It Follows

(David Robert Mitchell, USA, 2014)


There is at least one sign of rigorous discipline in contemporary horror cinema: David Robert Mitchell’s It Follows. This clever, well-directed, minimalistic piece swaps the traditional device of Todorovian hesitation (between two readings of a strange situation) for one of slow unveiling of an initial, supernatural premise.


The film begins right inside this premise, without any explanation of the frankly puzzling scene it shows: a very scared person runs inside a house (the camera remains outside), then re-emerges, more scared; then dives into another house opposite (same camera strategy), then flees that dwelling as well. What can be going on?


Like in the Final Destination franchise (2000-2011), the characters in this narrative daisy-chain are beset by a murderous malaise – a mysterious presence, spirit or entity – that they progressively attempt to understand, unveil and combat. Eventually, they figure out that it is a kind of curse that can (sometimes) be passed on to someone else – especially via sexual contact.


Mitchell achieves something modest but quite satisfying here. On the one hand, the supernatural plot device functions rather like Alfred Hitchcock’s attacking birds: it works as an open allegory onto which spectators (and characters within the fiction) can project any number of interpretations (such as – probably the most popular in this case – sex phobia in the era of AIDS). It is pinned down neither to a rational or an irrational grid by the usual hesitation game.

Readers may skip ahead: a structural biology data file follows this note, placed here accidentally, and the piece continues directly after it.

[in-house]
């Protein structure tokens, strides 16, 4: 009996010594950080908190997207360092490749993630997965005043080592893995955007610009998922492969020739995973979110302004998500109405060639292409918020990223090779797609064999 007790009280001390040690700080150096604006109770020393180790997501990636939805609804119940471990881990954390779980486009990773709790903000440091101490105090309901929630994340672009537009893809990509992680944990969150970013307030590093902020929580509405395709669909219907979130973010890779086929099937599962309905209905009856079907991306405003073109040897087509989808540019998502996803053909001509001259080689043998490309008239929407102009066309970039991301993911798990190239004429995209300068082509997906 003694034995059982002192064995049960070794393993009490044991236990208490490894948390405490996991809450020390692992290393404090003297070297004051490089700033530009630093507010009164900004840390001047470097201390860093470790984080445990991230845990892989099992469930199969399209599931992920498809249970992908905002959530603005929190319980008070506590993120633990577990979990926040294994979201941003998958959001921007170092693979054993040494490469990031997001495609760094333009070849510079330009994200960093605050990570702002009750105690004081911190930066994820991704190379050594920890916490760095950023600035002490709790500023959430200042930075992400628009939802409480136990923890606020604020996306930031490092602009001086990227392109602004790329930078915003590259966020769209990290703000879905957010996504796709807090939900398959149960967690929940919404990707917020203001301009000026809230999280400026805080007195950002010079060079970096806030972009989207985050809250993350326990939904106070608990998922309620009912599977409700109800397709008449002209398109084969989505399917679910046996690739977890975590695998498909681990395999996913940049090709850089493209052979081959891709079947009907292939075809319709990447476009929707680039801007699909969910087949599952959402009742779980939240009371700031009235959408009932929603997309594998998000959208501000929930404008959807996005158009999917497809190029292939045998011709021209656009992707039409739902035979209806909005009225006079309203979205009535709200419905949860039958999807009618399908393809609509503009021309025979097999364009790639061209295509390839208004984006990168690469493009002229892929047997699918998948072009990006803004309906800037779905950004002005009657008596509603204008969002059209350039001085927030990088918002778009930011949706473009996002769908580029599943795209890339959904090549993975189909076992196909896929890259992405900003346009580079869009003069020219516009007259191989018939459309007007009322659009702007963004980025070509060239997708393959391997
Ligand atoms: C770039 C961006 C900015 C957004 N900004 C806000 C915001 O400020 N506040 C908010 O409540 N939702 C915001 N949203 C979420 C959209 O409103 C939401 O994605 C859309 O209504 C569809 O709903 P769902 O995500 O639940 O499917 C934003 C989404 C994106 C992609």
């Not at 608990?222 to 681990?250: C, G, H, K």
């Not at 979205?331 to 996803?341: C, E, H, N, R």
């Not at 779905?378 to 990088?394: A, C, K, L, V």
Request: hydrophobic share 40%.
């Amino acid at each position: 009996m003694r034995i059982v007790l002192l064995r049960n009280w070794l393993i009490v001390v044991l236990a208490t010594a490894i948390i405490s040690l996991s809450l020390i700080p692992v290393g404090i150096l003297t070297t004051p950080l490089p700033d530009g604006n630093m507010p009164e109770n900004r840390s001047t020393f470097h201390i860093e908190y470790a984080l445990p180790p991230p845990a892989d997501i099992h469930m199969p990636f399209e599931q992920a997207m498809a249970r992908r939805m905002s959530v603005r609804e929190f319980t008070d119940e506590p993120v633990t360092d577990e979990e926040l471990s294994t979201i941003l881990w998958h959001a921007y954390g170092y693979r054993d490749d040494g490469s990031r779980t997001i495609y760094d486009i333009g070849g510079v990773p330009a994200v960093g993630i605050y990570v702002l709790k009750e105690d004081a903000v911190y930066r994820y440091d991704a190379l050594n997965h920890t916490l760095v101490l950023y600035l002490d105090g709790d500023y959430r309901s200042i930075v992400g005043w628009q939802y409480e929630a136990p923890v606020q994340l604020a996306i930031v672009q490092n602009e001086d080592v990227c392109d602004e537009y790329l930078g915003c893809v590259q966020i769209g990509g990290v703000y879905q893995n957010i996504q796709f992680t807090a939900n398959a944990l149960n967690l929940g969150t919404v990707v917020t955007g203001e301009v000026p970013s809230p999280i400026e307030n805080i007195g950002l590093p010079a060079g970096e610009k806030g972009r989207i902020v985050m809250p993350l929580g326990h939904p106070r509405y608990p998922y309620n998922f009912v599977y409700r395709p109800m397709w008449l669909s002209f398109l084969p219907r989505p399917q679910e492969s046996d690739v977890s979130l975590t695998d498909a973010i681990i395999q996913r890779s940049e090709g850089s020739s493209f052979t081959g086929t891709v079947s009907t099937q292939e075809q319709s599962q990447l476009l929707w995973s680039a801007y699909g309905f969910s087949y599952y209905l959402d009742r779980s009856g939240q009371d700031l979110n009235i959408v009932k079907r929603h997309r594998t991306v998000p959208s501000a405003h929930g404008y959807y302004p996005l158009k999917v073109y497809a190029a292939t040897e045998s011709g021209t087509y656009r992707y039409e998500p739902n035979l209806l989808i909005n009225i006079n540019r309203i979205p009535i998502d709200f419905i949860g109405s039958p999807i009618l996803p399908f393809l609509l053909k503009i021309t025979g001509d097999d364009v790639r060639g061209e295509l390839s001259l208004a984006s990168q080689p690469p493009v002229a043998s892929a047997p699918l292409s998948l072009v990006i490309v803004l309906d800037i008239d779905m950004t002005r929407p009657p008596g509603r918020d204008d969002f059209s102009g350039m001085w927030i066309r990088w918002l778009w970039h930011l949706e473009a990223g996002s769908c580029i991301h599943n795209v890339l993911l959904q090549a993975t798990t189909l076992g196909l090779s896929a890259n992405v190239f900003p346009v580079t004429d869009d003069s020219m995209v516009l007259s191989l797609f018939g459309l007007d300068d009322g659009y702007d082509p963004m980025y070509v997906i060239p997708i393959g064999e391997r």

On another hand, the film evokes the wise phantom of Jacques Tourneur: like Cat People or Curse of the Demon (1957), or indeed the non-horror but religion-based Stars in My Crown (1950), It Follows skilfully identifies the “stalking presence” with the camera itself – and hence the very apparatus of cinema. And so, in the final frames, no matter what we or the teenagers in the film think we have figured out, that ever-floating presence insists, in all its ghostly, disquieting reverberations …


Postscript August 2019: Enjoying It Follows prompted me to catch up with Mitchell’s other work. Its predecessor, The Myth of the American Sleepover (2010) is a delightful teen movie. But the ambitious Under the Silver Lake (2018) is an overstuffed, pretentious, unbearable neo-noir extravaganza, aiming for the cleverness, formalism and grace of P.T. Anderson at his best, but landing in the backyard of Richard Kelly or Darren Aronofsky at their worst.

© Adrian Martin September 2015

Film Critic: Adrian Martin
home    reviews    essays    search